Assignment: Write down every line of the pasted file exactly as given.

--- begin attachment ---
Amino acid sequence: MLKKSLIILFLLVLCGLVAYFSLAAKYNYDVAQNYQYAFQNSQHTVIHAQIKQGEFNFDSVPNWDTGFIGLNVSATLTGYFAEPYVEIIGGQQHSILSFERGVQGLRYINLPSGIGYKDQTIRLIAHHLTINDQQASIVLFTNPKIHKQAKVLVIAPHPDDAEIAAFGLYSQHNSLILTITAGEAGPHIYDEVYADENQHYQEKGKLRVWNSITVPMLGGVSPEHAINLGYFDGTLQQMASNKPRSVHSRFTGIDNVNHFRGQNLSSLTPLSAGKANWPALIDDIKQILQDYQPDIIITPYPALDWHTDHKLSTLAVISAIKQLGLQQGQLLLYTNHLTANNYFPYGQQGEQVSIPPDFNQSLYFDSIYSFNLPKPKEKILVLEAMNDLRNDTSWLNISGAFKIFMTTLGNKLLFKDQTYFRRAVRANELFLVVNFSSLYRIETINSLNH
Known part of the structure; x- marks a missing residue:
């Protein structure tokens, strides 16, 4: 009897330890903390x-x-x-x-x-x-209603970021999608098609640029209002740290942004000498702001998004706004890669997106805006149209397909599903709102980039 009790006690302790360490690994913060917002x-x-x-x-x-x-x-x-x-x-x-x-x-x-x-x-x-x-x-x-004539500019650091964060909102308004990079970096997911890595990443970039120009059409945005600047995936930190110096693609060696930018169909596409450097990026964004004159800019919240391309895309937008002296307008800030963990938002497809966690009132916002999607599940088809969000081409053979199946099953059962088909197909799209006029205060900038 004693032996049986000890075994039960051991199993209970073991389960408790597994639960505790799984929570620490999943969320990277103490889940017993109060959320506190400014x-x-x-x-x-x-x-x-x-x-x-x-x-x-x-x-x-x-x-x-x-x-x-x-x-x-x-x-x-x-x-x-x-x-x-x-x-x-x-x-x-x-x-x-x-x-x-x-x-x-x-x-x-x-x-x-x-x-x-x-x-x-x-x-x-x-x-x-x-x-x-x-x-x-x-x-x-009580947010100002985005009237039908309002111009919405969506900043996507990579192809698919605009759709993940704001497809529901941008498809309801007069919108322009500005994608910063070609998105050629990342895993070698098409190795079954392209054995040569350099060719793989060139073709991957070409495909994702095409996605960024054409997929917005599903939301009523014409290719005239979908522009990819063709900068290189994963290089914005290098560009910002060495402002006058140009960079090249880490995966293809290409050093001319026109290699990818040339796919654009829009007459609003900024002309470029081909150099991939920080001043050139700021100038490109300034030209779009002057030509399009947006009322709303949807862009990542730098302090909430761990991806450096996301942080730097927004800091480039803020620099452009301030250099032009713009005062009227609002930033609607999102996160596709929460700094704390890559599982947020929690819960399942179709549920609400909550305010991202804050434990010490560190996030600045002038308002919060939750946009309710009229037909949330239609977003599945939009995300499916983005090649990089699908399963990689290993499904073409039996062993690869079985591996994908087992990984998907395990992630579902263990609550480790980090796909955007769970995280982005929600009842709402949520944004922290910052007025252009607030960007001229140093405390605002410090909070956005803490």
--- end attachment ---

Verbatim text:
Amino acid sequence: MLKKSLIILFLLVLCGLVAYFSLAAKYNYDVAQNYQYAFQNSQHTVIHAQIKQGEFNFDSVPNWDTGFIGLNVSATLTGYFAEPYVEIIGGQQHSILSFERGVQGLRYINLPSGIGYKDQTIRLIAHHLTINDQQASIVLFTNPKIHKQAKVLVIAPHPDDAEIAAFGLYSQHNSLILTITAGEAGPHIYDEVYADENQHYQEKGKLRVWNSITVPMLGGVSPEHAINLGYFDGTLQQMASNKPRSVHSRFTGIDNVNHFRGQNLSSLTPLSAGKANWPALIDDIKQILQDYQPDIIITPYPALDWHTDHKLSTLAVISAIKQLGLQQGQLLLYTNHLTANNYFPYGQQGEQVSIPPDFNQSLYFDSIYSFNLPKPKEKILVLEAMNDLRNDTSWLNISGAFKIFMTTLGNKLLFKDQTYFRRAVRANELFLVVNFSSLYRIETINSLNH
Known part of the structure; x- marks a missing residue:
């Protein structure tokens, strides 16, 4: 009897330890903390x-x-x-x-x-x-209603970021999608098609640029209002740290942004000498702001998004706004890669997106805006149209397909599903709102980039 009790006690302790360490690994913060917002x-x-x-x-x-x-x-x-x-x-x-x-x-x-x-x-x-x-x-x-004539500019650091964060909102308004990079970096997911890595990443970039120009059409945005600047995936930190110096693609060696930018169909596409450097990026964004004159800019919240391309895309937008002296307008800030963990938002497809966690009132916002999607599940088809969000081409053979199946099953059962088909197909799209006029205060900038 004693032996049986000890075994039960051991199993209970073991389960408790597994639960505790799984929570620490999943969320990277103490889940017993109060959320506190400014x-x-x-x-x-x-x-x-x-x-x-x-x-x-x-x-x-x-x-x-x-x-x-x-x-x-x-x-x-x-x-x-x-x-x-x-x-x-x-x-x-x-x-x-x-x-x-x-x-x-x-x-x-x-x-x-x-x-x-x-x-x-x-x-x-x-x-x-x-x-x-x-x-x-x-x-x-009580947010100002985005009237039908309002111009919405969506900043996507990579192809698919605009759709993940704001497809529901941008498809309801007069919108322009500005994608910063070609998105050629990342895993070698098409190795079954392209054995040569350099060719793989060139073709991957070409495909994702095409996605960024054409997929917005599903939301009523014409290719005239979908522009990819063709900068290189994963290089914005290098560009910002060495402002006058140009960079090249880490995966293809290409050093001319026109290699990818040339796919654009829009007459609003900024002309470029081909150099991939920080001043050139700021100038490109300034030209779009002057030509399009947006009322709303949807862009990542730098302090909430761990991806450096996301942080730097927004800091480039803020620099452009301030250099032009713009005062009227609002930033609607999102996160596709929460700094704390890559599982947020929690819960399942179709549920609400909550305010991202804050434990010490560190996030600045002038308002919060939750946009309710009229037909949330239609977003599945939009995300499916983005090649990089699908399963990689290993499904073409039996062993690869079985591996994908087992990984998907395990992630579902263990609550480790980090796909955007769970995280982005929600009842709402949520944004922290910052007025252009607030960007001229140093405390605002410090909070956005803490």